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  Today Online 1 Nov 07
Pet project: Let's work together
Goh Boon Choo

Like some other countries, Singapore too has its set of pet problems, manifested in our homeless animal population and irresponsible pet ownership.

Government agencies address these problems independently: The Agri-Food and Veterinary Authority (AVA) regulates pet sales, the Housing and Development Board (HDB) does not permit cats and large-breed dogs to be kept as pets, and pet abandonment is a legislated crime.

HDB residents have the added option of requesting their Town Councils to remove animals for culling by the AVA.

Some 20,000 cats and dogs are put down by the AVA and the Society for the Prevention of Cruelty to Animals (SPCA) every year. And the AVA's annual culling bill averages $500,000.

In spite of these efforts, we still hear of pet-related spats between neighbours and of abandonment issues.

The SPCA receives up to 1,000 animals each month and the homeless animal population stays at around 100,000. This begs the question: Do the current set of policies need a rethink?

Many abandoned pets are not neutered those which survive become street-smart, ensuring the homeless animal population's viability despite consistent culling.

While residents can request their Town Councils' help, culling every animal is not a solution.

Another recourse is to contact the National Environment Agency if the issue is hygiene-related. But the agency can only warn errant pet owners or issue fines.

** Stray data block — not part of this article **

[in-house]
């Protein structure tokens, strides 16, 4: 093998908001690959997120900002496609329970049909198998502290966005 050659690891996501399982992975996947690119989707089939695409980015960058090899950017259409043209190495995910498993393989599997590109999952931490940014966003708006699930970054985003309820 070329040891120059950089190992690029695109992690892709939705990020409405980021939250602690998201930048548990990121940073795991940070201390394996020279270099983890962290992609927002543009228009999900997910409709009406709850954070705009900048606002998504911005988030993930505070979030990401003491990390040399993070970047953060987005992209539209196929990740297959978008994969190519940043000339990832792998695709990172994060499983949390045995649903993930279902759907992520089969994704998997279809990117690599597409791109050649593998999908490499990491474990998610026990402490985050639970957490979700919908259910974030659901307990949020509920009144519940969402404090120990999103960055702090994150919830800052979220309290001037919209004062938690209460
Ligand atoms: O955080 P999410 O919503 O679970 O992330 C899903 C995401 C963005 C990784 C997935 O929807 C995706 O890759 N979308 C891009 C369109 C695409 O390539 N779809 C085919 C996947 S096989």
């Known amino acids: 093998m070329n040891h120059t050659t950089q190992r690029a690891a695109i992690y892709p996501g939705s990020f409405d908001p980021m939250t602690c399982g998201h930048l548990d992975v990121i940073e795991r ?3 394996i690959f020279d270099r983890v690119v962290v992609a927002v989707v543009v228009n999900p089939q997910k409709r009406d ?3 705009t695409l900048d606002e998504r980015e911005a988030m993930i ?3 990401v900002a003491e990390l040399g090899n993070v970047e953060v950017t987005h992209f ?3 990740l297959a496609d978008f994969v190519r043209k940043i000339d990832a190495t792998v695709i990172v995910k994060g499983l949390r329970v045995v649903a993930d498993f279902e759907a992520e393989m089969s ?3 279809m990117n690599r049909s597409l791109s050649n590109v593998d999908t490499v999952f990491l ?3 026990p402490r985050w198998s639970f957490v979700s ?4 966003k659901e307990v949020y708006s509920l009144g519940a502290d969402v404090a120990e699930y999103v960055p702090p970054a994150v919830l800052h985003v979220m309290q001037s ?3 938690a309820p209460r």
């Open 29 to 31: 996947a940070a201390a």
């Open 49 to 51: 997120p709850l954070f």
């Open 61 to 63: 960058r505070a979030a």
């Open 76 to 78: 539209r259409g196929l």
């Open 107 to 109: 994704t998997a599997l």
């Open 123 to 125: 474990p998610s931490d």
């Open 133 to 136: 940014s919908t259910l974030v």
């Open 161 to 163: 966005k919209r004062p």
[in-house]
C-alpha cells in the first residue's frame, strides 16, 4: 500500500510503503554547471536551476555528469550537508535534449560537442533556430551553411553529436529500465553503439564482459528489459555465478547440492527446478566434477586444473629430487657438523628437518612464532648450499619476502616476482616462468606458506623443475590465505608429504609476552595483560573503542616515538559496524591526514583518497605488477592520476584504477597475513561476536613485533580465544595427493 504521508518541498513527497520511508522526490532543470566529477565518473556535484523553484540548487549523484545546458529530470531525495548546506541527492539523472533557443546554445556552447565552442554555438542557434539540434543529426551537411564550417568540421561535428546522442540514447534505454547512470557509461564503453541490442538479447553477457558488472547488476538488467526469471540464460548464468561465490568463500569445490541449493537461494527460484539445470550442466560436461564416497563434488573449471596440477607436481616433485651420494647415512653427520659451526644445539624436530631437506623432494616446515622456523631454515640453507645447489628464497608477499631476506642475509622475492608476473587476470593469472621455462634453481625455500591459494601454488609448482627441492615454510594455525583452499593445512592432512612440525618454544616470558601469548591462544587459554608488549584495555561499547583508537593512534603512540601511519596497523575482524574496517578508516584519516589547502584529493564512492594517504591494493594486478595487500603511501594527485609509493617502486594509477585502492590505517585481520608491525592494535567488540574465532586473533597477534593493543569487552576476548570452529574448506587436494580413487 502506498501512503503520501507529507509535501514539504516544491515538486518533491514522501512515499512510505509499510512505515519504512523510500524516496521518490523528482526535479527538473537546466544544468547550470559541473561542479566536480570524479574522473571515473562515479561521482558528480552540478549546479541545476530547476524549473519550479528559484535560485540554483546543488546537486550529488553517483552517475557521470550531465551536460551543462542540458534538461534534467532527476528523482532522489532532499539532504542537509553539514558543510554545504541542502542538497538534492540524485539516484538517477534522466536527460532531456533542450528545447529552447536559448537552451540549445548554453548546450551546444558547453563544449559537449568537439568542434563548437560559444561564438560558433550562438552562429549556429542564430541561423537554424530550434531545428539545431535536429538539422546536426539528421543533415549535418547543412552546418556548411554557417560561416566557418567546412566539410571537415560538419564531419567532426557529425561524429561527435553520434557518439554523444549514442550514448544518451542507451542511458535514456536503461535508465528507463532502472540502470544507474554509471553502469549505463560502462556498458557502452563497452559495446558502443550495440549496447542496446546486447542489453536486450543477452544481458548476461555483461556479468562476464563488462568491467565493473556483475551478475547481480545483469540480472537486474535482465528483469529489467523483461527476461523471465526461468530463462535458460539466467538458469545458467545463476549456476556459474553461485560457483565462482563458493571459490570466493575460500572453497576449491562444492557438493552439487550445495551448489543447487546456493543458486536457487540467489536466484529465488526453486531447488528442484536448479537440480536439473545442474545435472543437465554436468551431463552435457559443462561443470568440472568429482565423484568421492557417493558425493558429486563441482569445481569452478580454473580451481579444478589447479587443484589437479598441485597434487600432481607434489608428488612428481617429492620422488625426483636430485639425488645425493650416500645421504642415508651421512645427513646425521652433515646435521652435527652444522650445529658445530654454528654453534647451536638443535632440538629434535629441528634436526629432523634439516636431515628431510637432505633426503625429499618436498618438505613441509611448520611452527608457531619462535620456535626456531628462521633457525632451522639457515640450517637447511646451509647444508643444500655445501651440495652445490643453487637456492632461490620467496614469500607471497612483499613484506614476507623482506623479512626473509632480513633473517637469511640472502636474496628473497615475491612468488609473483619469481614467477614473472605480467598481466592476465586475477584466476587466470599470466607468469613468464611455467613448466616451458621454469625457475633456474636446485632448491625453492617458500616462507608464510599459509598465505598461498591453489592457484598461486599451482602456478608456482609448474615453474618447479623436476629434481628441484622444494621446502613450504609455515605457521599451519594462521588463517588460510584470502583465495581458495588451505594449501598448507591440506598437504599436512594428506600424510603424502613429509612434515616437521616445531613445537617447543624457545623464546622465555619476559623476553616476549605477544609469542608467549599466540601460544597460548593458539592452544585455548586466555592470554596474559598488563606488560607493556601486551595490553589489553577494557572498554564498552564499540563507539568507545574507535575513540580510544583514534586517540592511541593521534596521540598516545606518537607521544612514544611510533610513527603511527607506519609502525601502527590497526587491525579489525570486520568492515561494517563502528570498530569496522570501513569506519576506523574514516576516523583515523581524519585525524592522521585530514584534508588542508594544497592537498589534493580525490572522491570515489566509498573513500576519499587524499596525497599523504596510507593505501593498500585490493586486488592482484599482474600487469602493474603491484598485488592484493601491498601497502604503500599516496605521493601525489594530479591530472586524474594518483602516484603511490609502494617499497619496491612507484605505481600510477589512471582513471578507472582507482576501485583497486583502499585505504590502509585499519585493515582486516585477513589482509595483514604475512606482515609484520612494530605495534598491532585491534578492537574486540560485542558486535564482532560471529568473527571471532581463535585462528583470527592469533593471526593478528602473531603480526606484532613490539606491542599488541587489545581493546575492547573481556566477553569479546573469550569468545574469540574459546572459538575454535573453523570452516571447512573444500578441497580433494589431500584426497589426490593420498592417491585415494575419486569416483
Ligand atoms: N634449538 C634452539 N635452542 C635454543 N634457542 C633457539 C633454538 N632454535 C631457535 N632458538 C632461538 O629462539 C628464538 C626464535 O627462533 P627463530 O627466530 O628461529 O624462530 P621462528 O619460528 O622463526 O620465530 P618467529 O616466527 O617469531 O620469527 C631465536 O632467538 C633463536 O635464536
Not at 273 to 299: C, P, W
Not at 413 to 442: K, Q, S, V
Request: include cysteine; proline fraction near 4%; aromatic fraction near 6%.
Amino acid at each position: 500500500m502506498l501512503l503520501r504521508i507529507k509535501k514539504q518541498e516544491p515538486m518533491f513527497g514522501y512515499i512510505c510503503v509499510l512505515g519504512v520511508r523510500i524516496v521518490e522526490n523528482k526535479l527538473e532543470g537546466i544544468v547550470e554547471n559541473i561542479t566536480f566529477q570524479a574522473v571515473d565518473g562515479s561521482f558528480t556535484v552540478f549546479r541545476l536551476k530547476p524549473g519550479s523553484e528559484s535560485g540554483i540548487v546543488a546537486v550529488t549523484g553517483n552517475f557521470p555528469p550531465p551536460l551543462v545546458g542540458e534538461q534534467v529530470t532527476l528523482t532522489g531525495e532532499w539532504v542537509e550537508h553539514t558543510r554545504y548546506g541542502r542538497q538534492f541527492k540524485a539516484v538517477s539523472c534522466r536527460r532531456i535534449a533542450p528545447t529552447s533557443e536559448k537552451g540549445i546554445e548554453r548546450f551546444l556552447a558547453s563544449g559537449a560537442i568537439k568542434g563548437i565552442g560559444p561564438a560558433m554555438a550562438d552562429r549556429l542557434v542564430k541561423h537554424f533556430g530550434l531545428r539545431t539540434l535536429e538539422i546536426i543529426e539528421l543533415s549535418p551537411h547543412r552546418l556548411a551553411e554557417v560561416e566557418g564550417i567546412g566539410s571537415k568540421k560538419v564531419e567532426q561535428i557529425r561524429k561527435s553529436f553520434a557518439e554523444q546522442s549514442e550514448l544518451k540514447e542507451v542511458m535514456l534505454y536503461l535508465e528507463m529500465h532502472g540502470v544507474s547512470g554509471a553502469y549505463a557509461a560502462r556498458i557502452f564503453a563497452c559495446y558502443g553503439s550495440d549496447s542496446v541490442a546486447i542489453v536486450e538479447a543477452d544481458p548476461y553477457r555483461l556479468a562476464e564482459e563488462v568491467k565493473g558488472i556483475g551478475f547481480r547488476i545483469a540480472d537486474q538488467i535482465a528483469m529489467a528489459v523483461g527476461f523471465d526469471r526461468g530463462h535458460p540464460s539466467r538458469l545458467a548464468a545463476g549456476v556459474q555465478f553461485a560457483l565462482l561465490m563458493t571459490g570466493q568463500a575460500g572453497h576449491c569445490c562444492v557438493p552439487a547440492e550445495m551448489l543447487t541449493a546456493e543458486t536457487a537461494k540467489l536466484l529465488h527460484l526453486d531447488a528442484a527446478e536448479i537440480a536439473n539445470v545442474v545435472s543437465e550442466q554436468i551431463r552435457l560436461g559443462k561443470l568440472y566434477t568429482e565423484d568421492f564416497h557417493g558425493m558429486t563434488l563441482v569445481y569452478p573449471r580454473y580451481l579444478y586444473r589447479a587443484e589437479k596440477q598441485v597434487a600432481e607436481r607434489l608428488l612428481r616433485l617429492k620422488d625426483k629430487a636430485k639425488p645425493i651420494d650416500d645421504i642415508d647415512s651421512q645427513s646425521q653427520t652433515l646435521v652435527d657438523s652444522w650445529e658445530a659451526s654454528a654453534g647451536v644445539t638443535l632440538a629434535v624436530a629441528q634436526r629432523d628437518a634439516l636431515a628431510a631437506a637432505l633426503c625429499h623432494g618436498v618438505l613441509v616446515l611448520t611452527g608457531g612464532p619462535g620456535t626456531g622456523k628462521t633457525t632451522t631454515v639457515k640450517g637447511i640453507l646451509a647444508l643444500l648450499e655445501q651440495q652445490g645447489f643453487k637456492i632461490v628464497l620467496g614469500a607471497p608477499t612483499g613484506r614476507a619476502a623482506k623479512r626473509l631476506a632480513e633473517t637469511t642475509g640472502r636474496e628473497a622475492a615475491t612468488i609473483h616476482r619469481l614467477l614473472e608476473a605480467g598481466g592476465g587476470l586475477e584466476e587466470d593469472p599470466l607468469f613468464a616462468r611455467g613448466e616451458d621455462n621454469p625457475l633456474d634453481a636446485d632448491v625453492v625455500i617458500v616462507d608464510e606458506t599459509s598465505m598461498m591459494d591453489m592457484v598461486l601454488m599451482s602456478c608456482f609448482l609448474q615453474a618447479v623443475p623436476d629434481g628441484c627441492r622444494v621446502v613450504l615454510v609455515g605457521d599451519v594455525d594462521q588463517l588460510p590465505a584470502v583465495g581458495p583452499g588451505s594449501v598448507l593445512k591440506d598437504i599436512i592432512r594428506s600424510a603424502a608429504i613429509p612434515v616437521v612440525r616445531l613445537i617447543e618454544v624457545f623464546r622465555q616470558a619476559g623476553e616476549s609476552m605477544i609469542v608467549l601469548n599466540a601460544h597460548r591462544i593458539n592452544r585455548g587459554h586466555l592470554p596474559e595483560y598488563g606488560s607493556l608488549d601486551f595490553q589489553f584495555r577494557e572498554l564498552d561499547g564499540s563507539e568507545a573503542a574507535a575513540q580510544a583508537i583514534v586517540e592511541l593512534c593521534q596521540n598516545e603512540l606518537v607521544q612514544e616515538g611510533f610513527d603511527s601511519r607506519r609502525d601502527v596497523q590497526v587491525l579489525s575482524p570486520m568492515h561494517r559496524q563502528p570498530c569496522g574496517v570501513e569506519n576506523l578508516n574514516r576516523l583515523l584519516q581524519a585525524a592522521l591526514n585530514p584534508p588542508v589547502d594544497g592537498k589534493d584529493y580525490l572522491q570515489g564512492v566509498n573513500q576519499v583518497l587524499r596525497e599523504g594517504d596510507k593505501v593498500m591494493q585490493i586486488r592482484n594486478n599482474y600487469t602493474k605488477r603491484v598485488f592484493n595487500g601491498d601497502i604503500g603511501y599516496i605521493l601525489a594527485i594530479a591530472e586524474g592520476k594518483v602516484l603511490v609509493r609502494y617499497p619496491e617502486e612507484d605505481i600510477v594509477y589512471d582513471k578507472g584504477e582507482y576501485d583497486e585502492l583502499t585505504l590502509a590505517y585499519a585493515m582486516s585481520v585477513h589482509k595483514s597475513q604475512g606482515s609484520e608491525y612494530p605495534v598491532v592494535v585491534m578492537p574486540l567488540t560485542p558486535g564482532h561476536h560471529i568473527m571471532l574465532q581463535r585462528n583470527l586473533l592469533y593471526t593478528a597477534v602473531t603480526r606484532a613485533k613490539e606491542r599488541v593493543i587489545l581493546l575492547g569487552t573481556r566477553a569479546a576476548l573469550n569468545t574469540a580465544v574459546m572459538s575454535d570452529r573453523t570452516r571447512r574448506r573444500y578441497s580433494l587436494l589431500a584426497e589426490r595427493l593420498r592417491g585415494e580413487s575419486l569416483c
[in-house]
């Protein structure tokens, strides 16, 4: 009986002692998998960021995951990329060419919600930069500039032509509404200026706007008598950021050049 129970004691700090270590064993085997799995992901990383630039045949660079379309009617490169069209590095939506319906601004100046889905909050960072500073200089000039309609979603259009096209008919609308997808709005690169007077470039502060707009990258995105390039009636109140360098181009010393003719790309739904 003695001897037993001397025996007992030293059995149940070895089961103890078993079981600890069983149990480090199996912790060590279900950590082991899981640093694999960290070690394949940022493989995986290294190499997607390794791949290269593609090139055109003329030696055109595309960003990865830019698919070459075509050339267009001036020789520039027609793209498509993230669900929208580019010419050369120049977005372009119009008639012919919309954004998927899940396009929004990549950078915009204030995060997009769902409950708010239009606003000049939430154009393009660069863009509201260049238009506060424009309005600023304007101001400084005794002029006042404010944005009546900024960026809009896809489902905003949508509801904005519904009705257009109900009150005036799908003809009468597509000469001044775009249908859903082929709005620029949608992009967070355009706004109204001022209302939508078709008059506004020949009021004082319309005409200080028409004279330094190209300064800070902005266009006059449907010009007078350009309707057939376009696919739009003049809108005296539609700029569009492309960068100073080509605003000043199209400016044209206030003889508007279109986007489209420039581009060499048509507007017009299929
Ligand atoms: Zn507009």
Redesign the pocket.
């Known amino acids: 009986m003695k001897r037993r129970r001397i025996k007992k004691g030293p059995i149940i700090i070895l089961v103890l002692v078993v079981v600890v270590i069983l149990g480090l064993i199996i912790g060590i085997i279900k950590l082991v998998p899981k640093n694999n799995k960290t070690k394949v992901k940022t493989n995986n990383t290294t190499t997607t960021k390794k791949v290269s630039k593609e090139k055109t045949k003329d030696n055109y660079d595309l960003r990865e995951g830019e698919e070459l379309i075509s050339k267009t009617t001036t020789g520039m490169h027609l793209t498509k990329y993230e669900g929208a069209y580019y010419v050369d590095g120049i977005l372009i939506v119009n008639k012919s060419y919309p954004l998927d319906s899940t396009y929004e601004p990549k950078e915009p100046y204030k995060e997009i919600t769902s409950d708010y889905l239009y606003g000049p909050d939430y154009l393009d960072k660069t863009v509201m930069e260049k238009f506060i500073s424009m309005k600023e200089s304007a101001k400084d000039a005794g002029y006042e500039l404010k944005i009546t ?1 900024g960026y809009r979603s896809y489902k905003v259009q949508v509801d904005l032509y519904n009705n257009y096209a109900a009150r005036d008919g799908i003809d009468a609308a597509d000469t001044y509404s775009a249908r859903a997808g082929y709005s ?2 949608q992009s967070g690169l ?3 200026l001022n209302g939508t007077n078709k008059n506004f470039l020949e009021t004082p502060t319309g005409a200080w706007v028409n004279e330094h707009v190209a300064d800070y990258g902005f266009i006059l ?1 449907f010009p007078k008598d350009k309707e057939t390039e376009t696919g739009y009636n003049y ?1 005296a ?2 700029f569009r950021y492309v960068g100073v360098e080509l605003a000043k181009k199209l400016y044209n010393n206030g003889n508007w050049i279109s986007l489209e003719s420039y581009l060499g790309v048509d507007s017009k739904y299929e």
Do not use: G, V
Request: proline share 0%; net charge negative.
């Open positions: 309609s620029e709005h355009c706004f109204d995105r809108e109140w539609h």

Is a blanket pet ban the solution? That would be a bad decision because it ignores the fundamentals of pet-animal issues.

The increased abandonment of large dogs as highlighted in the article, "Large dogs: Time for a rethink" (Oct 25), after the AVA tightened licensing rules is a good example. If the problem was simply stricter rules, then it would not just be large dogs being abandoned.

Can this issue be handled better? Possibly.

The key is in acknowledging that people want to keep cats and dogs as pets, regardless of what type of residence they live in.

While some problems cannot be eliminated completely, they can be minimised with a consistent, comprehensive and progressive framework conducive to responsible pet ownership.

Such a framework requires a clear consensus that this is a multi-faceted problem requiring cooperation and coordination among all stakeholders government agencies, pet sellers, pet owners, animal welfare groups and non-pet owners. Therein lies the crux: The absence of an entity with overarching authority that can facilitate communication at all levels.

For example, while the AVA oversees national rules on pet ownership, the HDB sets its pet laws independently, while Town Councils follow the HDB's lead. According to animal experts and the AVA, sterilised cats are highly suited for flat-dwelling. Also, temperament and training, rather than size, dictates a dog's manageability.

Yet, the HDB clings to these very reasons for continuing its ban. And Town Councils do not want cats and dogs outdoors.

Where do such rules leave responsible pet owners, or neighbours of irresponsible ones?

Denying the existence of flat-dwelling pets, and legislating them out of home and hearth aggravate existing problems. All parties should come together and play a part. It is time we rethink our pet policies, starting with the HDB's rules on pets.

The writer is a reader of Today.

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